Physics

Braking Distance and Reaction Time



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Few of us with a drivers licence would not be aware of the horrific statistics describing automobile accidents and while causes are often a combination of circumstances leading to the conclusion speed plays a dominant role in the severity of any given vehicle accident. Large trucks for example cannot decelerate to a stop from 60mph within the same physical distance as a car moreover individual drivers respond to sudden stimuli in varying degrees of relative time. A momentary distraction from focus on the road ahead can be fatal moreover as drivers become more complacent over time the process of anticipating and preparedness for a sudden evasive manoeuvre seem to diminish with time.

We humans require time to process information before committing ourselves to a course of action. Typical human reaction time can vary from 0.2 to 0.25 seconds; this reaction time can significantly increase with age, alcohol, drugs, fatigue, a neurological disorder, indeed many diverse causal influences can add to the average reaction time above. When combined with some additional contributing factors such as vehicle brake condition, road surface conditions (wet, dry or slick for example) from the moment of deceleration to full stop for a medium size vehicle travelling at 100kph (62mph) is around 160m (525'). Increase speed to 110kph (68mph) braking distance increases to around 195m (640')

Consider a vehicle travelling at night using headlights on hi-beam illumining the road out to a distance of 160m. If this vehicle moving at a speed of 180kph (112mph) it will require a distance of slightly more than 196m (646') and this is farther than the driver can see in the headlights ahead. While this looks obvious to the reader it is not uncommon for foolish people to drive even beyond this speed and it usually spells big trouble should something be in the way, or one could at least hope for a staggering fine from traffic enforcement authorities!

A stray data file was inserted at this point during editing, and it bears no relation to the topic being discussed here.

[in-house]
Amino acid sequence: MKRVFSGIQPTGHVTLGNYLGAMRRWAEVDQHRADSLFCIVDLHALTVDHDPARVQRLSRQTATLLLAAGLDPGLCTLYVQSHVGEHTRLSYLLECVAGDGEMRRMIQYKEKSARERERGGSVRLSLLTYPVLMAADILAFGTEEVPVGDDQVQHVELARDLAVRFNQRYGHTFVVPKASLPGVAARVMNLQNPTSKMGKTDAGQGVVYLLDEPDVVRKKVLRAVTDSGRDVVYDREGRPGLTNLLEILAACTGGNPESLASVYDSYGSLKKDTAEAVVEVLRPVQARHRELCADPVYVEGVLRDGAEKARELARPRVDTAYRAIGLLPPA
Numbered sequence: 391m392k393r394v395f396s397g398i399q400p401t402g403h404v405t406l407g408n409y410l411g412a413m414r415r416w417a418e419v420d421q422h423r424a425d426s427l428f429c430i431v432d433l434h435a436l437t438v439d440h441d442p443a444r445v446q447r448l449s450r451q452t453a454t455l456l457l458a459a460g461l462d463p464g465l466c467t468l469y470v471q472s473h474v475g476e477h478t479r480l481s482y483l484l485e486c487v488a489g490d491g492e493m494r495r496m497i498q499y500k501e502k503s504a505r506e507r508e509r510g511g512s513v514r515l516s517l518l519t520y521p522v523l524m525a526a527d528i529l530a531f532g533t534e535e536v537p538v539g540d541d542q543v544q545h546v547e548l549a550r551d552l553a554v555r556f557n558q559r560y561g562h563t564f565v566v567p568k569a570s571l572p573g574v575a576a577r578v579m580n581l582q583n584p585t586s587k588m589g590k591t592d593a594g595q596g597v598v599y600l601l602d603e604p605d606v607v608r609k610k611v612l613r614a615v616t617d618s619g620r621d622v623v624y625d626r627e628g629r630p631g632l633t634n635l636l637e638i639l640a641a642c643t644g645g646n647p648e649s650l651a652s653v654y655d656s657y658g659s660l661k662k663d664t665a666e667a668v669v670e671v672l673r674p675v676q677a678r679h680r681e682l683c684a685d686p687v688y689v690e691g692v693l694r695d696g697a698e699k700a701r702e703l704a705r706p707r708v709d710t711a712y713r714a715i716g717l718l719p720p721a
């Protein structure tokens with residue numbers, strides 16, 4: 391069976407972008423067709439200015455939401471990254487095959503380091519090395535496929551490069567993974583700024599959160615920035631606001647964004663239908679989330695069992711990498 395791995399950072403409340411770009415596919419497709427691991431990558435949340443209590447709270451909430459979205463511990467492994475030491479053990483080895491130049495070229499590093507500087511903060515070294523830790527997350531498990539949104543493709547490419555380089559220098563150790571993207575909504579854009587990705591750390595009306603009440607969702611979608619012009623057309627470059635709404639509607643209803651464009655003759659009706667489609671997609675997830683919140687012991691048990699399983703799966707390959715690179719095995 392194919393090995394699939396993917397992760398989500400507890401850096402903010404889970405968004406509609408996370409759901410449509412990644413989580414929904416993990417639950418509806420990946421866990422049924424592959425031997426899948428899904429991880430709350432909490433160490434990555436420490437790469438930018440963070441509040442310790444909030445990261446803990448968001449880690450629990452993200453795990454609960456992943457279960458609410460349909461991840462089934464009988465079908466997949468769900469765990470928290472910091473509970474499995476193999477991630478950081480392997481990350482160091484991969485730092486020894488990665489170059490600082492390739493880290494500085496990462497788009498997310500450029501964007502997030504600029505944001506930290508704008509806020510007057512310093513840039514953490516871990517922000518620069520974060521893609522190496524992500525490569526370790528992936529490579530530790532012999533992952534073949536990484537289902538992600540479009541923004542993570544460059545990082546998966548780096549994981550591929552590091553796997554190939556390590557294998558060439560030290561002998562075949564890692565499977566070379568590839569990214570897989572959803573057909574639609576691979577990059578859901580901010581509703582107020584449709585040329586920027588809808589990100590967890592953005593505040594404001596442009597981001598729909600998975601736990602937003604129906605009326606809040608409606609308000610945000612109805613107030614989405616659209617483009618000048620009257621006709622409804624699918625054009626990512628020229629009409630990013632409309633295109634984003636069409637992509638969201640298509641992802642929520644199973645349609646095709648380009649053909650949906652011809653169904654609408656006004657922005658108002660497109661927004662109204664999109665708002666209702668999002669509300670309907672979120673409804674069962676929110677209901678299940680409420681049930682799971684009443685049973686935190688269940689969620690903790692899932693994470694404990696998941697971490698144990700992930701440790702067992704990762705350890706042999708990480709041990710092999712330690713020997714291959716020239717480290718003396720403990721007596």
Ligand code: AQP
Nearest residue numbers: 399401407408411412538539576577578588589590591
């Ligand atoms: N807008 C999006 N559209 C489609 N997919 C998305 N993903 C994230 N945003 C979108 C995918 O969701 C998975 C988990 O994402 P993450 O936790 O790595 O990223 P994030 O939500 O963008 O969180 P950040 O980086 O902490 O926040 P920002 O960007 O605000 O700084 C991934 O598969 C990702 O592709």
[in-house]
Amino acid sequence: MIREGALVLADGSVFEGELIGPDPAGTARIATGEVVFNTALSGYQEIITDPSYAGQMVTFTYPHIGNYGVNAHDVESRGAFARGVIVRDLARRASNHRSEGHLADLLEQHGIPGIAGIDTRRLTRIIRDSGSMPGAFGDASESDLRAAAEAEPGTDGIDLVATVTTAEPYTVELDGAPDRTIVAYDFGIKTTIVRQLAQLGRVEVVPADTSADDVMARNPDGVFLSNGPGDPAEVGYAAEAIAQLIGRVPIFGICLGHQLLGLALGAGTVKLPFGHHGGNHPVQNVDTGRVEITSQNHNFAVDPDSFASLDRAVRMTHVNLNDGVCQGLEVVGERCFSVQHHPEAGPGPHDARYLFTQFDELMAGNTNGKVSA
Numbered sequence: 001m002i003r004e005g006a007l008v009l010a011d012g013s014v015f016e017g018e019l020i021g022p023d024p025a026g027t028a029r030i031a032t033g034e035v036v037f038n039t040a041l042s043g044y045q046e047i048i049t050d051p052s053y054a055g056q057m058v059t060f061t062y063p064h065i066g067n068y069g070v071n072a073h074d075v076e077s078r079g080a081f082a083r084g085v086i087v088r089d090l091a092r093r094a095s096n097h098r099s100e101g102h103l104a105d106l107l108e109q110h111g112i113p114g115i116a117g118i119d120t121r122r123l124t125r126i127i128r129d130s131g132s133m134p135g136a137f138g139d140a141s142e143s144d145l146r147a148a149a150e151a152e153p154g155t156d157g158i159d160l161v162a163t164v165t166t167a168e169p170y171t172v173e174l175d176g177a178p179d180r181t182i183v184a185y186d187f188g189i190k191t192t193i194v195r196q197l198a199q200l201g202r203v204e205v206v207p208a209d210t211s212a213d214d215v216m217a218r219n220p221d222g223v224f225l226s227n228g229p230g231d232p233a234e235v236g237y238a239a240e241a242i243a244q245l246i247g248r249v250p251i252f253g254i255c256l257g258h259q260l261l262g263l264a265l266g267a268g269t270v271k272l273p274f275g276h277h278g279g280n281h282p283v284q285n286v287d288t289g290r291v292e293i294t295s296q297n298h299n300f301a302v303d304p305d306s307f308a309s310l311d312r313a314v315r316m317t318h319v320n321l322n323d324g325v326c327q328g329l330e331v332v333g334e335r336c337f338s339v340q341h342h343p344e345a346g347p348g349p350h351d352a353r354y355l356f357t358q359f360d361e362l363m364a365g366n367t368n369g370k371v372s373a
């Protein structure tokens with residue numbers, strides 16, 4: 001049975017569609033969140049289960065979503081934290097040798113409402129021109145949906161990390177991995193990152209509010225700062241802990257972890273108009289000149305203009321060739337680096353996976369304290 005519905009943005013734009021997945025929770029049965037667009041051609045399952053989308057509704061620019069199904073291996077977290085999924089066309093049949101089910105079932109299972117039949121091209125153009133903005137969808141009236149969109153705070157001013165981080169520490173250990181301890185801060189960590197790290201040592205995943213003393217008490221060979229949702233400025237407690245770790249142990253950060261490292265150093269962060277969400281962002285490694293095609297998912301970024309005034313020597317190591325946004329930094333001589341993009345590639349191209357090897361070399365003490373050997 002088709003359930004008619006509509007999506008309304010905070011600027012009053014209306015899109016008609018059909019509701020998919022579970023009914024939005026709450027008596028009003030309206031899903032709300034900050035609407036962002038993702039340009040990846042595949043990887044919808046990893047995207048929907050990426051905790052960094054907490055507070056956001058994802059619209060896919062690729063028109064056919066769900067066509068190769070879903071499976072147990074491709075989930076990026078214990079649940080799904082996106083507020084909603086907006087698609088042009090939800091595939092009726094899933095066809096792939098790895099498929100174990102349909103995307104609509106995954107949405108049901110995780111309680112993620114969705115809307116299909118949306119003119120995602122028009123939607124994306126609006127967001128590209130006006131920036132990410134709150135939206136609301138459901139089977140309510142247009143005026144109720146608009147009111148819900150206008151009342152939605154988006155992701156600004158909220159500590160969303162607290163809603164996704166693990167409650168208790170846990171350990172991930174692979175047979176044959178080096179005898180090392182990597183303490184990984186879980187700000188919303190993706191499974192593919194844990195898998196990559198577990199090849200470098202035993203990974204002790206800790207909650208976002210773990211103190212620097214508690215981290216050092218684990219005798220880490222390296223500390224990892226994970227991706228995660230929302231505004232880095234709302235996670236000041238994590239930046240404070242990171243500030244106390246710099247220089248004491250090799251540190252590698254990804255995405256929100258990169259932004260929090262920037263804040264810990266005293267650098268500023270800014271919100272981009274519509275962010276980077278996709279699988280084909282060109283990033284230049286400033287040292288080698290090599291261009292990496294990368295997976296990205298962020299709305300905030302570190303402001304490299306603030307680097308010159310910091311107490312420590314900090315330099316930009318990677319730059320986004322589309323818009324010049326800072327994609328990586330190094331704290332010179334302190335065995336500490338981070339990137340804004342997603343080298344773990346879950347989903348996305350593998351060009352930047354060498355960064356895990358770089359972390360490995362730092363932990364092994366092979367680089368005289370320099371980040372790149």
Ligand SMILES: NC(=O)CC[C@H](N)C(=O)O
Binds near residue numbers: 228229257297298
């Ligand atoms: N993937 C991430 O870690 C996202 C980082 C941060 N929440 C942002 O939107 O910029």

Time management means efficient use of available time to achieve maximum possible productivity and often includes multitasking. Your motor vehicle is definitely not the place to be multitasking yet each day we all see drivers touching up their makeup, chatting away on their cell phones or even trying to read a paper on their way to work. Fatalities often occur due to the slightest lapse such as looking down to change your music station, insert a CD or look for something in the glove compartment. This puts a considerable weighting on the drivers need to remain fully alert while remaining at or under a posted speed limit depending on conditions such as reduced visibility caused by fog, water on the road and the like.

The saying speed kills is absolutely correct when considered against how many road vehicle accidents would not have been fatalities had speed not been excessive!

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